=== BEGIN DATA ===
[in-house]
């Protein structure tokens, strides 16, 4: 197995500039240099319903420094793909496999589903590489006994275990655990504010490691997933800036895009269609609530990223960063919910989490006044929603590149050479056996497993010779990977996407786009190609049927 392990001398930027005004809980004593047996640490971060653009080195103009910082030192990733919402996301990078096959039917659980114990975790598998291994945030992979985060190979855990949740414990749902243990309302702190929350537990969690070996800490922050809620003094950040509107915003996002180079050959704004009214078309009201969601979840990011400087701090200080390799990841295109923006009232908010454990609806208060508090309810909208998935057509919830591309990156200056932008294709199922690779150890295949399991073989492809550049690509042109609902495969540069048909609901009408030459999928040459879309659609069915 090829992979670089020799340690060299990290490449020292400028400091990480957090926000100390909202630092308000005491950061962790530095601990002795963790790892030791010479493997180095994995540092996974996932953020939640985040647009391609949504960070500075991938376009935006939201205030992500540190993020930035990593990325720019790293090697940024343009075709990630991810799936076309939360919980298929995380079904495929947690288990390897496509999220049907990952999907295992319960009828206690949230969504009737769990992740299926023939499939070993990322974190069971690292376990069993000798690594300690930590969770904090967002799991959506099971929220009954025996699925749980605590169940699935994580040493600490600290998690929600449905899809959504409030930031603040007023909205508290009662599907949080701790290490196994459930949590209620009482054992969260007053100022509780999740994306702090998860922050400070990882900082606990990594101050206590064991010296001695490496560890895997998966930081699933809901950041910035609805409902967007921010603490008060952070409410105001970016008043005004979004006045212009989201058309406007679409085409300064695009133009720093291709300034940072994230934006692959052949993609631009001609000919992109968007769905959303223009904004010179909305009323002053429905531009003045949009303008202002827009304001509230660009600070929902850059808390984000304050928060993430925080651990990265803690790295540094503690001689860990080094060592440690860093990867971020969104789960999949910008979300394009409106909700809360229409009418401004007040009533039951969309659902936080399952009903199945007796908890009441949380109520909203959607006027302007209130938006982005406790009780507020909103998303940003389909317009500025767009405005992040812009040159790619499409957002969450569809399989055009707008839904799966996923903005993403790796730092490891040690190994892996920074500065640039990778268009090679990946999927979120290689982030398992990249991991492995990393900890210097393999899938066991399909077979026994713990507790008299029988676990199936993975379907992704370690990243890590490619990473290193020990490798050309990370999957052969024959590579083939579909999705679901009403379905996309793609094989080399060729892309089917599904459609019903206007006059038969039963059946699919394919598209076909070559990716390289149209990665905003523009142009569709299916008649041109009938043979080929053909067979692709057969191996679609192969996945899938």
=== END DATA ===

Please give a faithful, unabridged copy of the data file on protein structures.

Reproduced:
[in-house]
């Protein structure tokens, strides 16, 4: 197995500039240099319903420094793909496999589903590489006994275990655990504010490691997933800036895009269609609530990223960063919910989490006044929603590149050479056996497993010779990977996407786009190609049927 392990001398930027005004809980004593047996640490971060653009080195103009910082030192990733919402996301990078096959039917659980114990975790598998291994945030992979985060190979855990949740414990749902243990309302702190929350537990969690070996800490922050809620003094950040509107915003996002180079050959704004009214078309009201969601979840990011400087701090200080390799990841295109923006009232908010454990609806208060508090309810909208998935057509919830591309990156200056932008294709199922690779150890295949399991073989492809550049690509042109609902495969540069048909609901009408030459999928040459879309659609069915 090829992979670089020799340690060299990290490449020292400028400091990480957090926000100390909202630092308000005491950061962790530095601990002795963790790892030791010479493997180095994995540092996974996932953020939640985040647009391609949504960070500075991938376009935006939201205030992500540190993020930035990593990325720019790293090697940024343009075709990630991810799936076309939360919980298929995380079904495929947690288990390897496509999220049907990952999907295992319960009828206690949230969504009737769990992740299926023939499939070993990322974190069971690292376990069993000798690594300690930590969770904090967002799991959506099971929220009954025996699925749980605590169940699935994580040493600490600290998690929600449905899809959504409030930031603040007023909205508290009662599907949080701790290490196994459930949590209620009482054992969260007053100022509780999740994306702090998860922050400070990882900082606990990594101050206590064991010296001695490496560890895997998966930081699933809901950041910035609805409902967007921010603490008060952070409410105001970016008043005004979004006045212009989201058309406007679409085409300064695009133009720093291709300034940072994230934006692959052949993609631009001609000919992109968007769905959303223009904004010179909305009323002053429905531009003045949009303008202002827009304001509230660009600070929902850059808390984000304050928060993430925080651990990265803690790295540094503690001689860990080094060592440690860093990867971020969104789960999949910008979300394009409106909700809360229409009418401004007040009533039951969309659902936080399952009903199945007796908890009441949380109520909203959607006027302007209130938006982005406790009780507020909103998303940003389909317009500025767009405005992040812009040159790619499409957002969450569809399989055009707008839904799966996923903005993403790796730092490891040690190994892996920074500065640039990778268009090679990946999927979120290689982030398992990249991991492995990393900890210097393999899938066991399909077979026994713990507790008299029988676990199936993975379907992704370690990243890590490619990473290193020990490798050309990370999957052969024959590579083939579909999705679901009403379905996309793609094989080399060729892309089917599904459609019903206007006059038969039963059946699919394919598209076909070559990716390289149209990665905003523009142009569709299916008649041109009938043979080929053909067979692709057969191996679609192969996945899938």